Schubert: Piano Trio in B flat, Op.99, D.898, first movement, (allegro moderato)
Shostakovich: Piano Trio no.2 in E minor, 3rd and 4th movements (largo-allegretto)
Anne Loeser, violin, Sally Pollard, cello, Rachel Thomson, piano
St. Mark’s Church, Lower Hutt
Wednesday, 20 June, 12.15pm
A superb concert by professional musicians, with an interesting programme greeted the large number of people in St. Mark’s Church. This was the group’s first performance together; let’s hope that there will be many more. The string players both perform with the New Zealand Symphony Orchestra, while Rachel Thomson plays chamber music with other ensembles, accompanies singers, and provides orchestral piano when required by the NZSO.
One of the features was the perfect balance between the instruments; the church’s excellent acoustics enhanced the sound from the instruments, which all produced beautiful timbre.
The attractive Schubert movement was given a dynamic performance, with lovely singing tone on piano as well as on the other instruments, and exquisite shading. The alternating benign and stormy moods in the development section of the movement were nuanced superbly.
There was fine contrast between the legato passages and those of separated notes. There were occasional slight intonation lapses, but that is all they were. This was Schubert at his most serene – but that serenity was frequently interrupted by other moods.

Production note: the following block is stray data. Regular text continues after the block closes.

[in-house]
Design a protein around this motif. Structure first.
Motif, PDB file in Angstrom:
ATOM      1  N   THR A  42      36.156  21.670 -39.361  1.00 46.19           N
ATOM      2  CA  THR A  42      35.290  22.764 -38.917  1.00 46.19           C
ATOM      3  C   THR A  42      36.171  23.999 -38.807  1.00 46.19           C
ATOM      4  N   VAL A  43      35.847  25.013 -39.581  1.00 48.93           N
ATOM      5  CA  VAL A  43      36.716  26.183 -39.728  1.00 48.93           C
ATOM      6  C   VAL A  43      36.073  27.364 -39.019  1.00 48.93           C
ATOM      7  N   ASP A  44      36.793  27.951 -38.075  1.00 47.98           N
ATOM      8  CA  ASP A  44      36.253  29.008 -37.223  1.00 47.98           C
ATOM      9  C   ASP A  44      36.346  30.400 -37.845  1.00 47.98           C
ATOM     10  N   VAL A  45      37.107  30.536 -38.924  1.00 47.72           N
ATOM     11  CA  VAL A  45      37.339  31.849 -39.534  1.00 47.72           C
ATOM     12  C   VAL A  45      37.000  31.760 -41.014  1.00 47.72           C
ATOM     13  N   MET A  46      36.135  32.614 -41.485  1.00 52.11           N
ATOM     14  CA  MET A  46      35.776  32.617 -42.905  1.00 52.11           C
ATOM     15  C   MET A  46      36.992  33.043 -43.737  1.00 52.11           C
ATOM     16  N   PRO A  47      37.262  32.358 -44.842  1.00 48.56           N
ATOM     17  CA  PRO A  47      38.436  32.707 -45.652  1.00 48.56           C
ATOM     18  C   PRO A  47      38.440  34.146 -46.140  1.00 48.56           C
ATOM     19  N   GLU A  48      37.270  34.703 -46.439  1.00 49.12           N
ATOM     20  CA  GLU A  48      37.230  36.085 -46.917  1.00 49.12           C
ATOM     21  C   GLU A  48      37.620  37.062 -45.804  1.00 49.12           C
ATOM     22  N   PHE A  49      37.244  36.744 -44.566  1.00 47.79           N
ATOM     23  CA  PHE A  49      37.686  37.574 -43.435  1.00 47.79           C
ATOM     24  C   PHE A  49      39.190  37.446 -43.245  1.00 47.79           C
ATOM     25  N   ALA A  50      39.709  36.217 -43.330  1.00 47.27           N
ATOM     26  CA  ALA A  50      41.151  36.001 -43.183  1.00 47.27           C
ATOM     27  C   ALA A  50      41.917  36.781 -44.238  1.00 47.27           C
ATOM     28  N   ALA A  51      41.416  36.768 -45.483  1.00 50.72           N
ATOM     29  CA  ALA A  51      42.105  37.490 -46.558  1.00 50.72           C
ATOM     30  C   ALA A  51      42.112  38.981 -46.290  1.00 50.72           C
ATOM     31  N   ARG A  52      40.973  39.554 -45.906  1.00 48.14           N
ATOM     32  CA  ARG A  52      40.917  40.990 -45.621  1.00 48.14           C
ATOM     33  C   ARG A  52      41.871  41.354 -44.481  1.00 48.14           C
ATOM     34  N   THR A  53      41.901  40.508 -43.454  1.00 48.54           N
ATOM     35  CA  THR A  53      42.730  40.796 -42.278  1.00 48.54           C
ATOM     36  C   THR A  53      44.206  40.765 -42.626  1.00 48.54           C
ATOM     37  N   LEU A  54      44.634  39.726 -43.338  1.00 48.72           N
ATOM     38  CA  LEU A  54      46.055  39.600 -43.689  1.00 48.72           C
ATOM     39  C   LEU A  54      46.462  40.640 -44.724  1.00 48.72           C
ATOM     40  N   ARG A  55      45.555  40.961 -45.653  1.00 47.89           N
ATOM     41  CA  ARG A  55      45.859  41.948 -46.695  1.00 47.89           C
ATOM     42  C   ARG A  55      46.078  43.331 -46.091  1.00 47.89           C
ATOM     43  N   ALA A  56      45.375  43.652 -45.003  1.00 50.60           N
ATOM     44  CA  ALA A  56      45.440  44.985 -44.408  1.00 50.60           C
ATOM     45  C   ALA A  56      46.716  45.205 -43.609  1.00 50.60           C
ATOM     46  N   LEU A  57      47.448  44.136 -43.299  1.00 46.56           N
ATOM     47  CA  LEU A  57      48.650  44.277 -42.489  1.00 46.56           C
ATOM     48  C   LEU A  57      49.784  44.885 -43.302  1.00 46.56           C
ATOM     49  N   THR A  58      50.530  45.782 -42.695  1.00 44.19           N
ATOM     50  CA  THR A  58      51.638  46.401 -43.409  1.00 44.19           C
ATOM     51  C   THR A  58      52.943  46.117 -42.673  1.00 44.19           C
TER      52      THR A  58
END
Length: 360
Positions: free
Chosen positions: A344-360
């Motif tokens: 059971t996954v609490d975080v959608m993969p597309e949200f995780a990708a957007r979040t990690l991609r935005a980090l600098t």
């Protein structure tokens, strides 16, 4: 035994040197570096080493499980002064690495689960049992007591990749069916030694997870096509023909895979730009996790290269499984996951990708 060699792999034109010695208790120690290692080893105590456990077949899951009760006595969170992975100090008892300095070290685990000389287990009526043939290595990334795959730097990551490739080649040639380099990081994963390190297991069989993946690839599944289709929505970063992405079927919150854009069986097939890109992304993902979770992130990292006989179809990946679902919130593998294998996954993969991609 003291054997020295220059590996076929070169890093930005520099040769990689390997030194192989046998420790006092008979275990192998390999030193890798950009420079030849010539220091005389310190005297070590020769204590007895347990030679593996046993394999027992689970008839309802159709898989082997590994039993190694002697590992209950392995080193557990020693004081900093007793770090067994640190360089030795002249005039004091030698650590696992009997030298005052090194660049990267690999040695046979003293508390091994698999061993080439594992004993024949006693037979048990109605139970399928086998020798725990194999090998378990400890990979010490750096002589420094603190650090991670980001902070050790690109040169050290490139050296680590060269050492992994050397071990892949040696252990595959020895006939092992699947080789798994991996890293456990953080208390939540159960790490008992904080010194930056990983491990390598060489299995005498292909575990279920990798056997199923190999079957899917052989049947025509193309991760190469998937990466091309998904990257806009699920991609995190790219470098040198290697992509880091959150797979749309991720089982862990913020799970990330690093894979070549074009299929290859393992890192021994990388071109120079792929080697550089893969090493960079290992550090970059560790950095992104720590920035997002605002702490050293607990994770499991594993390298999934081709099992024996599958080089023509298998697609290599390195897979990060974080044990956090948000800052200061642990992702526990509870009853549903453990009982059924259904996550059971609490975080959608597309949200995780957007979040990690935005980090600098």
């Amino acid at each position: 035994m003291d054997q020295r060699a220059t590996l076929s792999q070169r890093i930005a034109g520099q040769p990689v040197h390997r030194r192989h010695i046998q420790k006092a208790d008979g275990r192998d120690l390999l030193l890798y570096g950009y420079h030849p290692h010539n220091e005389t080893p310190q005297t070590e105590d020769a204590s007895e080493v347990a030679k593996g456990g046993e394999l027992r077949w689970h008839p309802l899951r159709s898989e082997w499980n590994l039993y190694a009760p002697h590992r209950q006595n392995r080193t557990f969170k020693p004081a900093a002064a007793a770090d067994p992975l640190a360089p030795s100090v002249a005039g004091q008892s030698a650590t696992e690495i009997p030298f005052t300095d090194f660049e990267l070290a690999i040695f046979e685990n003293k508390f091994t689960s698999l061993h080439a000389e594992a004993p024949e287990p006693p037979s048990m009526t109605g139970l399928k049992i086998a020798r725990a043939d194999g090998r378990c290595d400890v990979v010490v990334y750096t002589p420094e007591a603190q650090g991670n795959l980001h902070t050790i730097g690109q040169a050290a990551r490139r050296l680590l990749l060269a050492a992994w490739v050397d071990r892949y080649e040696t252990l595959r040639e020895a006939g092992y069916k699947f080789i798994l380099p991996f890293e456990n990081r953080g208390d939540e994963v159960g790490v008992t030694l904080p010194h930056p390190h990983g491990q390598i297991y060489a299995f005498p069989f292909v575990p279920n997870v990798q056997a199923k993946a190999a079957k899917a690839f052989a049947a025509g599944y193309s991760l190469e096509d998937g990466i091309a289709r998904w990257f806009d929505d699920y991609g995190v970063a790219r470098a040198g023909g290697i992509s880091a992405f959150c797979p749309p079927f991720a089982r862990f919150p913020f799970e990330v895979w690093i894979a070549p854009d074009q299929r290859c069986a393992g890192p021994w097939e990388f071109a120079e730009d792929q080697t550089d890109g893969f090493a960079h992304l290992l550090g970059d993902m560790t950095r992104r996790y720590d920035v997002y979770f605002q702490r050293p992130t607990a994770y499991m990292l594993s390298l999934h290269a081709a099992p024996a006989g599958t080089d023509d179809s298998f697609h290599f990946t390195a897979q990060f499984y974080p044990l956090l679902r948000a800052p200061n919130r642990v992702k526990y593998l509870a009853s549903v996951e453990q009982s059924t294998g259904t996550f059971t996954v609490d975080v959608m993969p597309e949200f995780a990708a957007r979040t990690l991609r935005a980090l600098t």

After the warm applause, Rachel Thomson spoke some words describing this movement, and also the two Shostakovich movements that followed.
Although the composer wrote 15 string quartets, he wrote only two piano trios; this one dates from 1944. The largo is in the form of a passacaglia, and is the centre-piece of the entire work. In places it is like an impassioned lament (written as it was after, and possibly also during the siege of Leningrad, where the composer lived and worked, although he was evacuated out of the city some time after the siege by Nazi forces began).
The third movement begins with slow, deep chords on the piano, then the violin joins in with a solemn, not to say sad, rejoinder. The dark quality is even more enhanced when the cello enters. There is almost unbearable sadness at times, and sometimes an eerie quality.
The work goes straight into the last movement’s intriguing pizzicato dances, with a repetitive theme that I’ll try to render: daaah-de-dah-dah-dah-dah, first stated on the piano, in unison octaves. The whole movement is strongly emotional, yet brittle and anxious, full of frenetic energy and agitation, above incessant beats on the piano, like a drum. Melodies are sometimes the same between the players; sometimes the instruments seem to go their separate ways for a time.
There is ponticello on the strings, before they break into a strong reiteration of the theme, and of the secondary melody, incorporating harmonics on the strings. The close brings back the solemn piano chords from the third movement, with harmonics again on the strings, as well as strumming. Then the work simply ends, almost in mid-air.
These were fine, skilled musicians who made the most of the music and brought out the heart of the composers’ intentions. Their performances were much appreciated by the audience.